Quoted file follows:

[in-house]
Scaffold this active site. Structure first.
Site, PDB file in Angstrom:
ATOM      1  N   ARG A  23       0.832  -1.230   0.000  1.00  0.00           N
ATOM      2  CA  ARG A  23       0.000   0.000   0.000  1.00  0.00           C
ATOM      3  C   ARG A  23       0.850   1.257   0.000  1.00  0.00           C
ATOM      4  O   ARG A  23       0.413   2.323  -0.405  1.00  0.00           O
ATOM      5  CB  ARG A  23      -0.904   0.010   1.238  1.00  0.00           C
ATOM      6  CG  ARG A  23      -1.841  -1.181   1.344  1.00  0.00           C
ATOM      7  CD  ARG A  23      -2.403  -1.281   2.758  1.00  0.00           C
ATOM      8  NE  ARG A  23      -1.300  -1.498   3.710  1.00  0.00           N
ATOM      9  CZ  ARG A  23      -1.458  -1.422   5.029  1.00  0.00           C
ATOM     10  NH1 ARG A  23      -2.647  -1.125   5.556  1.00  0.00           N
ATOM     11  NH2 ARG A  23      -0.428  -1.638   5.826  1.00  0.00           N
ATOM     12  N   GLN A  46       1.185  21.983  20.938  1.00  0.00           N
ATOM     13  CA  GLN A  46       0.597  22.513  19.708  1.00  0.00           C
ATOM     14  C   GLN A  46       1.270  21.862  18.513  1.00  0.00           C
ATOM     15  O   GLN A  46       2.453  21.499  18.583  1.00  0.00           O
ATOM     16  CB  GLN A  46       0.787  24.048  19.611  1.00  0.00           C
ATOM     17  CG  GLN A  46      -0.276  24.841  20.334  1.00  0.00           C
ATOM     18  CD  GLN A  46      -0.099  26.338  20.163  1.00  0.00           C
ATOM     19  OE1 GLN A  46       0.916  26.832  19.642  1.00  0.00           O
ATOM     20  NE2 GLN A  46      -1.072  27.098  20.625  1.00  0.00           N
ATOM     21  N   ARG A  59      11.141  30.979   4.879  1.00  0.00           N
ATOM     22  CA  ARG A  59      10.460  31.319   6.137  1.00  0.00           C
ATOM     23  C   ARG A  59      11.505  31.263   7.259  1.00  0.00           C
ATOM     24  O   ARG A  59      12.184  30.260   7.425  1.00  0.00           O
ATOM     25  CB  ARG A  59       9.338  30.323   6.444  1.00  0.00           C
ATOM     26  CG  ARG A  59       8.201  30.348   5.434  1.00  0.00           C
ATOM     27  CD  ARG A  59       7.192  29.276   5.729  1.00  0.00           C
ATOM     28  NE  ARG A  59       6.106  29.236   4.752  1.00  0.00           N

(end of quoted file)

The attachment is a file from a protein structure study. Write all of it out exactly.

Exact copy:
[in-house]
Scaffold this active site. Structure first.
Site, PDB file in Angstrom:
ATOM      1  N   ARG A  23       0.832  -1.230   0.000  1.00  0.00           N
ATOM      2  CA  ARG A  23       0.000   0.000   0.000  1.00  0.00           C
ATOM      3  C   ARG A  23       0.850   1.257   0.000  1.00  0.00           C
ATOM      4  O   ARG A  23       0.413   2.323  -0.405  1.00  0.00           O
ATOM      5  CB  ARG A  23      -0.904   0.010   1.238  1.00  0.00           C
ATOM      6  CG  ARG A  23      -1.841  -1.181   1.344  1.00  0.00           C
ATOM      7  CD  ARG A  23      -2.403  -1.281   2.758  1.00  0.00           C
ATOM      8  NE  ARG A  23      -1.300  -1.498   3.710  1.00  0.00           N
ATOM      9  CZ  ARG A  23      -1.458  -1.422   5.029  1.00  0.00           C
ATOM     10  NH1 ARG A  23      -2.647  -1.125   5.556  1.00  0.00           N
ATOM     11  NH2 ARG A  23      -0.428  -1.638   5.826  1.00  0.00           N
ATOM     12  N   GLN A  46       1.185  21.983  20.938  1.00  0.00           N
ATOM     13  CA  GLN A  46       0.597  22.513  19.708  1.00  0.00           C
ATOM     14  C   GLN A  46       1.270  21.862  18.513  1.00  0.00           C
ATOM     15  O   GLN A  46       2.453  21.499  18.583  1.00  0.00           O
ATOM     16  CB  GLN A  46       0.787  24.048  19.611  1.00  0.00           C
ATOM     17  CG  GLN A  46      -0.276  24.841  20.334  1.00  0.00           C
ATOM     18  CD  GLN A  46      -0.099  26.338  20.163  1.00  0.00           C
ATOM     19  OE1 GLN A  46       0.916  26.832  19.642  1.00  0.00           O
ATOM     20  NE2 GLN A  46      -1.072  27.098  20.625  1.00  0.00           N
ATOM     21  N   ARG A  59      11.141  30.979   4.879  1.00  0.00           N
ATOM     22  CA  ARG A  59      10.460  31.319   6.137  1.00  0.00           C
ATOM     23  C   ARG A  59      11.505  31.263   7.259  1.00  0.00           C
ATOM     24  O   ARG A  59      12.184  30.260   7.425  1.00  0.00           O
ATOM     25  CB  ARG A  59       9.338  30.323   6.444  1.00  0.00           C
ATOM     26  CG  ARG A  59       8.201  30.348   5.434  1.00  0.00           C
ATOM     27  CD  ARG A  59       7.192  29.276   5.729  1.00  0.00           C
ATOM     28  NE  ARG A  59       6.106  29.236   4.752  1.00  0.00           N